First came the end of Matt Popieluch’s marriage. Then came a period of rambling and travel. He rented out his house. Trimmed weed on a California farm. House-sat for a producer friend. Worked for a nonprofit soup kitchen in Hollywood. Wrote. Recorded. Created Slow Fascination. Produced by Rob Barbato (Kevin Morby, Girlpool, Cass McCombs) at Comp’ny studio in Glendale, CA, the album is an evocative examination of experiences. Slow Fascination will be released April 12, 2019 on 30th Century Records.
The album is audibly set in L.A., where Popieluch has lived for 14 years. The city — forever spinning in a seasonless time warp, invisibly hurtling toward some unnamed singularity — can mess with your head. The effect is palpable here. In some ways, the record feels like the interior monologue of someone who is straddling worlds, each song a blurry vision of golden brown. Work is never done. Days go by. Oh well.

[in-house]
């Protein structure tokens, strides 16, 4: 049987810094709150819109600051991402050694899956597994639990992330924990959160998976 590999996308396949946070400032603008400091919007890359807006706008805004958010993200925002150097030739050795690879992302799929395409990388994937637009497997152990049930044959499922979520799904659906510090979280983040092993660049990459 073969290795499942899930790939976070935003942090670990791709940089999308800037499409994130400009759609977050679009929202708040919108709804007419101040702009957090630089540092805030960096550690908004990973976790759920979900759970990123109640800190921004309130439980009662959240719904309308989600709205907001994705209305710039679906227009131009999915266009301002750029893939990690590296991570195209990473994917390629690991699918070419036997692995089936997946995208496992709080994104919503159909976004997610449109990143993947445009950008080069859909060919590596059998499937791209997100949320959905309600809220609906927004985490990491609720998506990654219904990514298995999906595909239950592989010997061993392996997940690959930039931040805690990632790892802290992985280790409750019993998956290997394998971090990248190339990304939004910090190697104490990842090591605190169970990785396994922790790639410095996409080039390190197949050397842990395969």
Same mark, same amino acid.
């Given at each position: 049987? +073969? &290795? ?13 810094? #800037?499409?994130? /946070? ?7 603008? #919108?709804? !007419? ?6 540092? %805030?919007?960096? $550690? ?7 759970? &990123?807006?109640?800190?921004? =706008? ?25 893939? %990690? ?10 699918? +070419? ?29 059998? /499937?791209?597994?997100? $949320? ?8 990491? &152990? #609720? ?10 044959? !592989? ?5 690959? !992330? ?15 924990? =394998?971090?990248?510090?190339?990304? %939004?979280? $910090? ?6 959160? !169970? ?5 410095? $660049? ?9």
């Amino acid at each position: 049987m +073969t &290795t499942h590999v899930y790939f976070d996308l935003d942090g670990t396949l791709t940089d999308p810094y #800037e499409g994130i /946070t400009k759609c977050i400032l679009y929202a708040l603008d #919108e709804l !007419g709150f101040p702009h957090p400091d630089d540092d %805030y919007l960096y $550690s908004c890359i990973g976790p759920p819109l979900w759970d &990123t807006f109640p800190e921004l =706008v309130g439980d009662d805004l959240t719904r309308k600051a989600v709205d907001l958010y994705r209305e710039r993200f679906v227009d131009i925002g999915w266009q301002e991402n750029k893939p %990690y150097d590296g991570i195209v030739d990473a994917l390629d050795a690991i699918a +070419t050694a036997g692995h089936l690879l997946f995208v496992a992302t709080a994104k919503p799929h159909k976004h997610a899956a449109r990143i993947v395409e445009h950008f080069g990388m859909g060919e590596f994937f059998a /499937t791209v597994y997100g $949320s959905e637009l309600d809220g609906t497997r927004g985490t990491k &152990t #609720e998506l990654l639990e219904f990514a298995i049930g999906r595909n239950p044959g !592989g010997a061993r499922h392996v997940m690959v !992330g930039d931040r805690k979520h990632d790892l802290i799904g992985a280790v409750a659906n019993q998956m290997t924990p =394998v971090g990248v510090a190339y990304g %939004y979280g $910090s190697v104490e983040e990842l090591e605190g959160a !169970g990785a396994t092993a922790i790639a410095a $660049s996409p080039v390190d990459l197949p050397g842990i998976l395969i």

The stirring album opener “Slow Motion Train” delves fearlessly into this romanticized confusion, building and warping listeners’ vision with each ringing note. According to Popieluch, the song is about “feeling detached from reality while being subjected to it; not knowing how to interact with the world from your dimension; how time passes without seasons.”
What’s even more bewildering is the song’s radical, instrumental fullness. Though best known for his 12-string guitar, here, Popieluch forgoes the usual for a harpsichord and analog synth — the great Dave Smith OB-6, to be exact — masterfully melding the two in a dizzy collision of past and future. It’s a fluid and eclectic wealth of sonic sensations, touching the likes of Jade Warrior, the Everly Brothers’ In Our Image, Paul McCartney, Brian Eno.